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Jumbo Package: “Everybody acts like we want to play for the money. We want to play for the players.”

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Your latest Crimson Tide news and notes.

NCAA Football: Citrus Bowl-Michigan vs Alabama Jasen Vinlove-USA TODAY Sports

Happy Tuesday, everyone. Yesterday was the first practice in full pads, and Saban seemed pleased with the effort based on one of his very best press conferences. The most notable quote was about the reason for playing.

“So, why is that so important to people? They love sports. People identify with competition. A lot of the principles and values that make you a good player in sports, whether it’s pride in performance, personal discipline, your ability to sustain effort and toughness and persevere and overcome adversity. It’s been a part of our society since back in the Greek days. That’s why it’s important. Now, is it more important than public safety? No, I don’t think so. Is there a way that we can do that and keep people safe? I think a lot of people are trying to do that, and if we can do that I think we can play. If we can’t do that then I think someone will make the decision that maybe we shouldn’t play. But I don’t think that we should not try.

“I really appreciate the fact that we have a lot of people out there working hard. This is about the players. Everybody acts like we want to play for the money. We want to play for the players. I want to play for the players. We have a lot of guys on our team that can create a lot of value for themselves by playing this season, and we can create a lot of value and these guys have worked really hard to try to create and accomplish something as a team. All those things, to me, are important to the players. And I want to play for the players. I know it’s important to the fans. I love our fans. I love the way they support our team. They’re a part of our team. We want them to continue to be a part of our team in whatever way they can. But this is really about providing an opportunity to the players if we can do it in a safe way.”

Saban also quipped that his gaiter makes him look like Jesse James robbing a bank. People will inevitably call him a liar and point to his salary, but the man has repeatedly proven that he gives a damn about his players, and the players have the most to lose by not playing. Of course, this isn’t going to help.

Depending on which replies you prefer, this is either a bunch of young people who caught a cold or armageddon. Since this is 2020, it can’t merely be a serious issue that requires mitigation. Saban’s entire press conference is embedded at the bottom.

In actual football news, Brian Branch is making some noise.

Now enrolled at Alabama, the early returns on Branch have been positive. He has received the majority of his practice time at slot cornerback — the “star” position in Saban’s defense — and is in the mix to potentially contribute early in his college career at that spot.

The gold standard during Saban’s time at Alabama for a freshman defensive back could be that of Minkah Fitzpatrick’s first season in 2015. While it is far too early to compare Fitzpatrick and Branch on the field, Branch’s positional versatility between cornerback and safety, and potential for an early impact, could bring that comparison into focus over time.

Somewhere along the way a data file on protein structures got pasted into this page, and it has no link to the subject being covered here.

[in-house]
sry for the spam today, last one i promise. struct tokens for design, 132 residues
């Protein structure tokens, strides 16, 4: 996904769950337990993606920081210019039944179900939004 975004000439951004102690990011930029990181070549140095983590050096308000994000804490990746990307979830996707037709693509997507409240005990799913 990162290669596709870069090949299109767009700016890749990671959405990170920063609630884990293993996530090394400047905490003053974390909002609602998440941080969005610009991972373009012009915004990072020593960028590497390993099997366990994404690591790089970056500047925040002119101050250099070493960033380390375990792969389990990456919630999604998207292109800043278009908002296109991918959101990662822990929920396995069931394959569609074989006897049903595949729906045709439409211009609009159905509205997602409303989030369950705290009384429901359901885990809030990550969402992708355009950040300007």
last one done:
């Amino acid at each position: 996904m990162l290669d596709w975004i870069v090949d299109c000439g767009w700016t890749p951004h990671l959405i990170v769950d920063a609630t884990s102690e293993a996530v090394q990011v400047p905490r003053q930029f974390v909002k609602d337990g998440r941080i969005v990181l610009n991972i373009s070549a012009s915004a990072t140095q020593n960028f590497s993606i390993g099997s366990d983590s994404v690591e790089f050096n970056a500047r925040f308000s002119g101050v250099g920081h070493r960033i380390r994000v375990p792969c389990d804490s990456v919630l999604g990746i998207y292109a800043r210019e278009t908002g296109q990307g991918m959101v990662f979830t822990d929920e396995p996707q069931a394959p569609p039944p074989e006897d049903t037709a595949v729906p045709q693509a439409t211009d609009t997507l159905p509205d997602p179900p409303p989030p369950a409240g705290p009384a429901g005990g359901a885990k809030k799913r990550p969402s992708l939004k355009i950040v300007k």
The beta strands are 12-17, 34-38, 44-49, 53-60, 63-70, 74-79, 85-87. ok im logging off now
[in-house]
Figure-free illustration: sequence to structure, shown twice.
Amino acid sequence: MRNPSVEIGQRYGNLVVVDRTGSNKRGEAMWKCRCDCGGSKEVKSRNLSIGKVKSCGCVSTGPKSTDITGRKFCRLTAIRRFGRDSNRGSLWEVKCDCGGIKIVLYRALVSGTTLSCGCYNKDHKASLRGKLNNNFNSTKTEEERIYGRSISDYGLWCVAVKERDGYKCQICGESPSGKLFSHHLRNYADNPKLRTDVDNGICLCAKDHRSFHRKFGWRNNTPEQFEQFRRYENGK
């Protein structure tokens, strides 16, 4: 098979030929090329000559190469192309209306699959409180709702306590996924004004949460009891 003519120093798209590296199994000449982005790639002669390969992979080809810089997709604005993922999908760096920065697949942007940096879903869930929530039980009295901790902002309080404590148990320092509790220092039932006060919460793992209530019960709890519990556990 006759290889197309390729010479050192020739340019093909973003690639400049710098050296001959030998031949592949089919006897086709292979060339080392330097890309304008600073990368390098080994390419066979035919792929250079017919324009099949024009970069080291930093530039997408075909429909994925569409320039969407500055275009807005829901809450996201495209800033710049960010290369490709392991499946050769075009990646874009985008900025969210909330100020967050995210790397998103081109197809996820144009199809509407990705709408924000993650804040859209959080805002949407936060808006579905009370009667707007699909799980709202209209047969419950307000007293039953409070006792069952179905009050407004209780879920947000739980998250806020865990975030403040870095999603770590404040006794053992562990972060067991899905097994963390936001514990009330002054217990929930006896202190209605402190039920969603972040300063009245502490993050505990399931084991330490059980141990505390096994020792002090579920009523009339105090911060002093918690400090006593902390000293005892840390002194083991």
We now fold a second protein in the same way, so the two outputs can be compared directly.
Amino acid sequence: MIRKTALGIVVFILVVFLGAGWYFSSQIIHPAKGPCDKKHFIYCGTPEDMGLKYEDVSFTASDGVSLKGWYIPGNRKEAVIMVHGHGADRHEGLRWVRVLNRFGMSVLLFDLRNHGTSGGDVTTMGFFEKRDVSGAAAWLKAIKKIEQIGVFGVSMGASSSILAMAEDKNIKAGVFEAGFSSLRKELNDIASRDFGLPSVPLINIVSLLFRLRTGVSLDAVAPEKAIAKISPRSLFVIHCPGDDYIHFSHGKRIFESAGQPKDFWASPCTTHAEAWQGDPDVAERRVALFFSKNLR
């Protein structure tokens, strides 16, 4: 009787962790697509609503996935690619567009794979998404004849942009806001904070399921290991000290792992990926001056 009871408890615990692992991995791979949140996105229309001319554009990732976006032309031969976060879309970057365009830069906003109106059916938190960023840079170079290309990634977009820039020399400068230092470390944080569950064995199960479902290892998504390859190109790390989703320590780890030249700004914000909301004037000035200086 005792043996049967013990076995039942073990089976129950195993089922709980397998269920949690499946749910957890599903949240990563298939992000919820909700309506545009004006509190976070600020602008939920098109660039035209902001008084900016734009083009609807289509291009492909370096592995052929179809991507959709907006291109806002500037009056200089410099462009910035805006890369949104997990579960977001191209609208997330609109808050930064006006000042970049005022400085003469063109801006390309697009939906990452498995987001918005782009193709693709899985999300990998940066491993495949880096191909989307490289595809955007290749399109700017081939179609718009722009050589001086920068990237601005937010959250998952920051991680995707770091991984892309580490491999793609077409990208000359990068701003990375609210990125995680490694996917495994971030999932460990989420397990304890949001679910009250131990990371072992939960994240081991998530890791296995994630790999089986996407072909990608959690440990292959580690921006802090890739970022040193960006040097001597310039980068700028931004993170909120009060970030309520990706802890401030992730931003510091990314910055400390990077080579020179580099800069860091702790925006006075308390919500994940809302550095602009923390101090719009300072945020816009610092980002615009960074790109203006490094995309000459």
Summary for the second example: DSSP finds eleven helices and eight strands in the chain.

We will keep an eye on this one.

Brett Hudson has a couple of position updates:

Tucker is next in line, the player hand-selected by competent talent evaluators to immediately fill a need. Considering UA’s lack of receiving threat from the position last year and the threat Tucker was for North Carolina in 2018 (16 catches for 265 yards and two touchdowns), it stands to reason Tucker’s expectations are based in ability as a pass catcher.

The four players UA inserted at the position just so happened to be among the most highly recruited prospects in the class. Anderson, Braswell and Sanders were all top 25 prospects in the nation, according to the 247Sports Composite, and Robinson was the second-best prospect in the state and top 75 prospect nationally.

“I think this recruiting class that we brought in up to this point in camp has been everything we thought they would be,” defensive coordinator Pete Golding said.

The depth in the front seven is better than it has been in a few years.

The situation in the Big Ten isn’t getting any better.

The parents aren’t the only ones asking questions and demanding information. On Wednesday, Penn State coach James Franklin said, “I’m extremely frustrated because we have very few answers to communicate to our young men.” Two days earlier, Penn State athletic director Sandy Barbour said she wasn’t sure whether the Big Ten presidents and chancellors had held a formal vote about postponement. (Warren later said they did, although presidents who spoke were more evasive when asked about the vote.)

As one Big Ten coach told ESPN, “We’re just left in the dark. Why wouldn’t you communicate? Why wouldn’t you respond? I don’t get it. Something’s just off.”

Meyer said that some college football observers don’t realize all the work that players put in preparing for a season, on top of their academic responsibilities.

“You’re talking six hours a day put into this thing, and then all of a sudden it’s gone,” he said.

Coaches put in even more hours. It’s an endless grind, especially factoring in recruiting, which never stops. Meyer said he talks daily to his successor, Ryan Day.

“He’s not doing well,” Meyer said.

Hard to believe that Kevin Warren survives this.

Last, check out Tua Tagovailoa.

We’ve seen that a time or two.

That’s about it for now. Have a great day.

Roll Tide.